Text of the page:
Connecting the Dots between Talking and Learning to Read

I love alphabet books. There is something oh so satisfying about knowing a sequence, and exploring different ways to follow that same path over and over again. We had zoo alphabet books, ocean alphabet books, and forest ones, as well. Clearly animals give the best hope of finding a U, V, X, Y, or Z! But we had books on alphabetized toys for variety.

wooden letter blocks

Remembering the alphabet is akin to remembering a number line. There is a visual component that links to sound. There is a sequence to ensure both uniformity and memory. We learn in chunks to aid our storage and recall: a, b, c, d ---- e, f, g ---- and so on. These breaks or chunks help us access a target letter when needed, such as when alphabetizing. Have you ever looked up a word in the dictionary and repeated a sequence mid-alphabet: q, r, s, t, for example? Instead of reciting the entire alphabet, you are able to recall the targeted chunk.

Alphabet books help emergent literacy learners understand that a letter is attached to a sound that is attached to a word they can identify. When a book shows E is for Elephant, children see the E as both a letter and as the beginning of a word. Children begin to associate E for short /e/, especially if reinforced by another book that tells them E is also for Eggplant. 

The ability to learn the alphabet and to learn the names of letters is an important emergent literacy skill and a predictor for later reading success. Clearly and precisely sorting and sequencing sounds requires strong phonological processing and phonological memory skills—two key cognitive abilities used for reading and writing.

Recalling 26 letter names in a row is no small feat! The more meaning attached to the letters and their usage, the better our chances of remembering these arbitrary words. The more we link names to meaning, the faster we can access information. If the name "ess" comes with a visual image of S and links to a sound /s/ that I say and hear in the words "snake," "silly," and "sausage," the better I can store and recall the letter name "ess."

Alphabetic knowledge is considered to be a critical emergent literacy skill. So at what age is this important skill to be expected?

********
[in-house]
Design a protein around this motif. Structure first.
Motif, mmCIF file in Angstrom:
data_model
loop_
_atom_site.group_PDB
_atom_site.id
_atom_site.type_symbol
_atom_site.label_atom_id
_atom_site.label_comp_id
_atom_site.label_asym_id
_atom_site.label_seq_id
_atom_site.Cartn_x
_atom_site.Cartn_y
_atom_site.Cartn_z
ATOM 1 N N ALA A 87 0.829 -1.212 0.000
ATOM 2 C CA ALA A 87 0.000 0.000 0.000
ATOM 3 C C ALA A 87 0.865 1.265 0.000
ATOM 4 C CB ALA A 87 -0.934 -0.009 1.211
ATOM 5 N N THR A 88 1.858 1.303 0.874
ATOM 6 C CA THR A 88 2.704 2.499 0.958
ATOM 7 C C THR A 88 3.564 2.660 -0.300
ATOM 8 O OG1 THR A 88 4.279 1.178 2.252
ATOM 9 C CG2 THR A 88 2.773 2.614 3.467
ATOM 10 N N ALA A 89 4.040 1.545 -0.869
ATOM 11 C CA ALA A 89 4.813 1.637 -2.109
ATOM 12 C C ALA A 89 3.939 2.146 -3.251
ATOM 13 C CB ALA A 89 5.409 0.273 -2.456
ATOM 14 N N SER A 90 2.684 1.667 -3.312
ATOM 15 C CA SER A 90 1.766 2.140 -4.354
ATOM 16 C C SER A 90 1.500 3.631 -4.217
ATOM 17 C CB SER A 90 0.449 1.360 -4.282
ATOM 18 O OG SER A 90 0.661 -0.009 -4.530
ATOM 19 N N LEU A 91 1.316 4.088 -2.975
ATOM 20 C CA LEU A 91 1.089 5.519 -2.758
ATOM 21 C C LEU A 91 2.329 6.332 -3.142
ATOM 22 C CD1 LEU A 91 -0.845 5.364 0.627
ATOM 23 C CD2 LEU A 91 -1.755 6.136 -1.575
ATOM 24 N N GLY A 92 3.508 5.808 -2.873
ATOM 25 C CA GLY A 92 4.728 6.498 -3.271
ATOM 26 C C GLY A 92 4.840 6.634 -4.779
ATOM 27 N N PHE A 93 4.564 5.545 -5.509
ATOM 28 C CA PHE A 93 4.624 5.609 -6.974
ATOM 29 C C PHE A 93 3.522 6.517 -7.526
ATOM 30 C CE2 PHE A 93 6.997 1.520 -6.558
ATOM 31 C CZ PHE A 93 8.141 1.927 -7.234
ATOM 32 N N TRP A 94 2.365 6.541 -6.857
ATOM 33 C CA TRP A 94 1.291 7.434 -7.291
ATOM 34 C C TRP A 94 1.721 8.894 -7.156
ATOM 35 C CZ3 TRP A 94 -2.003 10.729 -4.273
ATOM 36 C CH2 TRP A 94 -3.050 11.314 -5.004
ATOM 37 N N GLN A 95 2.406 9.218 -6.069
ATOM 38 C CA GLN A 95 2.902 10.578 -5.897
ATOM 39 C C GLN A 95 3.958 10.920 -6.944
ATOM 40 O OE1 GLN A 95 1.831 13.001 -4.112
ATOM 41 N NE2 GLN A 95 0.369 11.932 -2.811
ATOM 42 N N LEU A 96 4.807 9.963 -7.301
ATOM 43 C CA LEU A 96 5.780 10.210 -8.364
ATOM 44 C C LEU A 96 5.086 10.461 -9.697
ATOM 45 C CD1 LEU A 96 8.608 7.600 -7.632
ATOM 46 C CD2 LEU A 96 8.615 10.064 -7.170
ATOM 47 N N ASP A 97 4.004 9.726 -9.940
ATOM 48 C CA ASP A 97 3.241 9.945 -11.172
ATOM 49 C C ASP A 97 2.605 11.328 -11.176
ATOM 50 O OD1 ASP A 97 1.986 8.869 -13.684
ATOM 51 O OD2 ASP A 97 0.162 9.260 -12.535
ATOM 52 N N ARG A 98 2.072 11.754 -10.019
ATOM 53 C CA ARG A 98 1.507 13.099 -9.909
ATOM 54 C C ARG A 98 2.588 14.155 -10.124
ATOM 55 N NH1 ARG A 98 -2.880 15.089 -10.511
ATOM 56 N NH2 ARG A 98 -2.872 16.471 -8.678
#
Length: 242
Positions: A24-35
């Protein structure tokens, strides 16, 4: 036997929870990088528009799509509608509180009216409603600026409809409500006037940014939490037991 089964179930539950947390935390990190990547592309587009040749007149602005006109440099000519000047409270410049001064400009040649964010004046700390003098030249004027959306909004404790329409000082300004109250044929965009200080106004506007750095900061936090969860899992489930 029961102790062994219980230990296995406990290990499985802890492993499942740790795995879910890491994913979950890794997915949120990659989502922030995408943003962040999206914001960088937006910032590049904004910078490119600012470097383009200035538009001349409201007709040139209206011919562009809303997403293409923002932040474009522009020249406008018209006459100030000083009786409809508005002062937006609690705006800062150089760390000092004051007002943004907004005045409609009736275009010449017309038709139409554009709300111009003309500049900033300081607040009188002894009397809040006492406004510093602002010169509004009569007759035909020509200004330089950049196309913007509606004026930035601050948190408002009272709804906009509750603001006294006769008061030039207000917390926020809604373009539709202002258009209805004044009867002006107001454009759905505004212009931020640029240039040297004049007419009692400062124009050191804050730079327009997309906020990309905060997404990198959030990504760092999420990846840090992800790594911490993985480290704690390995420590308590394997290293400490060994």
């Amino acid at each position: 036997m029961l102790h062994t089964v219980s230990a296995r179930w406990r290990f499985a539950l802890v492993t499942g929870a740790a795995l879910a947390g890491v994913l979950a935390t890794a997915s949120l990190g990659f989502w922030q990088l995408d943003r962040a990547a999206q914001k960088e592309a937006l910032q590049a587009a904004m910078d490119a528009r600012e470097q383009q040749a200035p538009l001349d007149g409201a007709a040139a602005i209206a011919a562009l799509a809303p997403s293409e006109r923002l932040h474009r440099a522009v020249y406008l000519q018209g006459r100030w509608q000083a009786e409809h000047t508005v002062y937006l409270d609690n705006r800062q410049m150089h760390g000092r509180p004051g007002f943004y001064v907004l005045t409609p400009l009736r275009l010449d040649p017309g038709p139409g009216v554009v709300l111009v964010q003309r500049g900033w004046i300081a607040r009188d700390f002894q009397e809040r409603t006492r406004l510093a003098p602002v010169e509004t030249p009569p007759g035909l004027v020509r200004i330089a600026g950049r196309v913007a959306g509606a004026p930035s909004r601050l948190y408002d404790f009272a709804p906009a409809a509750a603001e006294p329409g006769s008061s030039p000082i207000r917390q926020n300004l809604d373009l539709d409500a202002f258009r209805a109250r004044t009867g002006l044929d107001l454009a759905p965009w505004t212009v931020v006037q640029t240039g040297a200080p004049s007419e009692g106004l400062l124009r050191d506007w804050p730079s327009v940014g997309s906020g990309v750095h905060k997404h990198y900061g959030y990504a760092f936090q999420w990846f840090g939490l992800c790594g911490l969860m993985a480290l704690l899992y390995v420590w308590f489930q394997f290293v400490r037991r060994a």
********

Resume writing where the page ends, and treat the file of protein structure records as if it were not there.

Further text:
It is considered developmentally appropriate for a 4 year old to know approximately 20 letters. The optimal goal is to know 18 uppercase and 15 lowercase letters at the start of Kindergarten. 

random letters on sticky notes posted on a folder


Letters are an emergent literacy skill.

Of course, at Rooted in Language, we know that children who have learning struggles will likely know fewer letters. They will need more time, practice, and content-rich experiences to gain alphabet knowledge. Struggling readers and writers will also be less motivated by print-rich activities. They may avoid or resist looking at books, discussing stories, learning the alphabet, or writing their letters.

But "struggle" does not dictate that we delay teaching kids to read. If your child is of Kindergarten age and "needs extra time" or "isn't ready," the best approach is to get started anyway. Don't delay the learning experience. 

Instead, let's provide learners who struggle with a rich learning environment—one that focuses on meaning, sound, and sequence. Give more time to those who need more time.

Let's help students by providing a multisensory approach in our teaching. This is why Pinwheels is filled with sound-to-letter experiences and games. 

puppet show with short vowel friends

We have seen that a struggling learner will eventually learn letter names IF they begin with the more meaningful connection of sounds-to-letters within words. IF they begin by connecting the act of reading and writing to their oral language skills.

This sound-to-letter approach is the best way to teach reading to all learners—those who struggle and those with strong emergent literacy skills. 


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